Agony Aunt

Patricia Marie, MBACP qualified counsellor is a member of The British Association of Counselling and Psychotherapy, practising in Harley Street, Essex and Scotland. She has many years experience of dealing with domestic violence, relationship problems, bereavement, depression, addictions, post traumatic stress and many other emotional issues. If you have a dilemma, please email Patricia.Marie@lady.co.uk

My husband and our daughter aren't speaking

Posted by Patricia_Marie
Patricia_Marie
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on Friday, 18 November 2016
Dear Patricia Marie,

My husband and our daughter aren't speaking. The problem is that her boyfriend from university came to stay last weekend, and my husband caught him sneaking out of her bedroom during the night. There was a terrible row and they both left early the next morning. Now she is adamant she's not coming to see us at Christmas. She is furious with her dad for embarrassing her in front of her boyfriend, and sees nothing wrong in sleeping with him in our home. My husband feels he was right to 'uphold standards', but I disagree, as life is so different now to how it was when we were young.

What do you think?

Patricia Marie says...

Most parents at some time have to face this dilemma, and the only way to resolve it is for both parties to communicate and come to a compromise. I'm wondering if your husband discussed sleeping arrangements with your daughter and her boyfriend prior to the visit, to make it clear what he considered acceptable, as setting initial boundaries may have avoided this problem. Nevertheless, they are over 18, presumably already have a physical relationship, and may even live together at university, so he does need to recognise this. Whichever way he views the boyfriend's behaviour, I feel sure the young man would rather not be having to be covert in his actions.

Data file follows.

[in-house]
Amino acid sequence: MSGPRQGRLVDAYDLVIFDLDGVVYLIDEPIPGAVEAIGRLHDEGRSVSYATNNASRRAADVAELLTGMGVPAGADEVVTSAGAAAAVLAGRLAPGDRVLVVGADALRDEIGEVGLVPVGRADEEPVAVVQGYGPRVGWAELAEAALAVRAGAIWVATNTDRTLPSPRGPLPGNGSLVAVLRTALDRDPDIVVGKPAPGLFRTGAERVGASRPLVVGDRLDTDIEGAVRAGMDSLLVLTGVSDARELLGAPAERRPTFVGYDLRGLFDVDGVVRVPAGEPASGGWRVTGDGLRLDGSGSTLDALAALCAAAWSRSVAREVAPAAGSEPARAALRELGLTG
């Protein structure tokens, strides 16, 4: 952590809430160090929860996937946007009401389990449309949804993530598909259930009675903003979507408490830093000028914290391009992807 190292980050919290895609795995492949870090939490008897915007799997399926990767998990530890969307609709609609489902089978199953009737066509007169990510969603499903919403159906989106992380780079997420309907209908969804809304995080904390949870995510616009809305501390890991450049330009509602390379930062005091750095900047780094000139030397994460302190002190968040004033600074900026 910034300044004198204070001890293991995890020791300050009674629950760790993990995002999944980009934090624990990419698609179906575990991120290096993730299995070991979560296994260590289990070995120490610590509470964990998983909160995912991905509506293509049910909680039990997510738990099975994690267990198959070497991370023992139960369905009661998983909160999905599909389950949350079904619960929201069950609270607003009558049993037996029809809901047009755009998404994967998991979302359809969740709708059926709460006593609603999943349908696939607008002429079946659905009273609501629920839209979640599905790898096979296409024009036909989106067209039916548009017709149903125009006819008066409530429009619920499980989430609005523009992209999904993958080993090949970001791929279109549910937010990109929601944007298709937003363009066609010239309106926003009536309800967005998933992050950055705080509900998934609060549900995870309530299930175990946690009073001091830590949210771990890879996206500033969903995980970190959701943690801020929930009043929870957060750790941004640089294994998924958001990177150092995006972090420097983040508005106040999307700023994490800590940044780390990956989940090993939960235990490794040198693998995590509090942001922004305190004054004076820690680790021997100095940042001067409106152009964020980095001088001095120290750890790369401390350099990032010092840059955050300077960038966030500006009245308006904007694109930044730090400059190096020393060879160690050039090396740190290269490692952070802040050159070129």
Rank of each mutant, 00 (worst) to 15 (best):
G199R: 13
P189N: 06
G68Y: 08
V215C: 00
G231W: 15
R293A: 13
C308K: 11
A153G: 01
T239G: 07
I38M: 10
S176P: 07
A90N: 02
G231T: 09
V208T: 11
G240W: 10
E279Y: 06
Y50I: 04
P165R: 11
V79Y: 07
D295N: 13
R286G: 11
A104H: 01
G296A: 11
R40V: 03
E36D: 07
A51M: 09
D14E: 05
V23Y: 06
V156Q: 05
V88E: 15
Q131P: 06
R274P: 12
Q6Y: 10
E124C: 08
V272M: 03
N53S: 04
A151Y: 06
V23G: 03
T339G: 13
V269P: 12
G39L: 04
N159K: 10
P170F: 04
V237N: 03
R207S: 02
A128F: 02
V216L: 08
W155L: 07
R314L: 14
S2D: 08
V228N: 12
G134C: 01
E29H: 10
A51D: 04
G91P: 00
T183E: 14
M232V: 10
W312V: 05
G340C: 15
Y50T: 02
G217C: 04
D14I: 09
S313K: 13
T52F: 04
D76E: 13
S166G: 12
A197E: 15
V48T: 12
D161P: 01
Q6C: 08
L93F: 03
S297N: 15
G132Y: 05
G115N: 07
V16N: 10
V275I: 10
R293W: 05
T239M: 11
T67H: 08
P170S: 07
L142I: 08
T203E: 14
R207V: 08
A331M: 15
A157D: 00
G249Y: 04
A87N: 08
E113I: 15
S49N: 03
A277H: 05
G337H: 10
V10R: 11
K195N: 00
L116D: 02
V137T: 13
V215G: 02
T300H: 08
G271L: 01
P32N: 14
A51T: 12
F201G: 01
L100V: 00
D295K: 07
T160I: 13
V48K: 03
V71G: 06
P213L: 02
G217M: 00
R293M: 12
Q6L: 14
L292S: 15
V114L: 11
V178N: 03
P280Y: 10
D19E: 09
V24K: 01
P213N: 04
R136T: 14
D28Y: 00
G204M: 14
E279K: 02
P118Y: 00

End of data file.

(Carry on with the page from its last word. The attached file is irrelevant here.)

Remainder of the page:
At this moment they have now taken another option - not to visit a Victorian father who considers his daughter a fallen woman and her boyfriend dishonourable. Although she does need to be more understanding and respectful of her father's wishes, it appears that either your husband re-evaluates his personal ethics, and is welcoming, or he risks her celebrating Christmas elsewhere. It is important too, for you to express to him how unreasonable you feel he is being, and that you do not agree with the way he has dealt with this. However difficult the situation currently seems, friendly negotiations and mutual apologies might encourage a speedy reconciliation. I do hope so.
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I think my husband is having an affair

Posted by Patricia_Marie
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on Friday, 11 November 2016
Dear Patricia Marie

Please help. I fear that my husband of 15 years' marriage is having an affair.

He is spending so many extra hours at work, including weekends, and pays me very little attention when he is at home. He has also become very possessive over his mobile phone and bank statements.

One day last week he failed to come home at all. He said he'd spent all night in the office, though I later found a receipt for a hotel and for a meal for two people. When I asked him about this, he claimed he'd had dinner with a co-director, but I'm not so sure. I'm still so in love with him, and am scared of losing him. How do I go about confronting him?

Patricia Marie says...

It seems to me that after questioning your husband, you are trusting your instinct, rather than believing what he says. Make it clear to him that you need to have a proper talk, and be honest with each other. He may not be aware of your concerns or how unhappy he is making you feel, both by the lack of attention, and his secrecy, which is causing you further insecurity. Have you avoided confrontation because you may not want to hear what he has to say, or is it that if he confesses to you that he has met someone else, the situation becomes real? Until you open up to him about how you are feeling, you won't be able to move forward with this. Try to listen with an open mind - it may be that he's not being disloyal at all.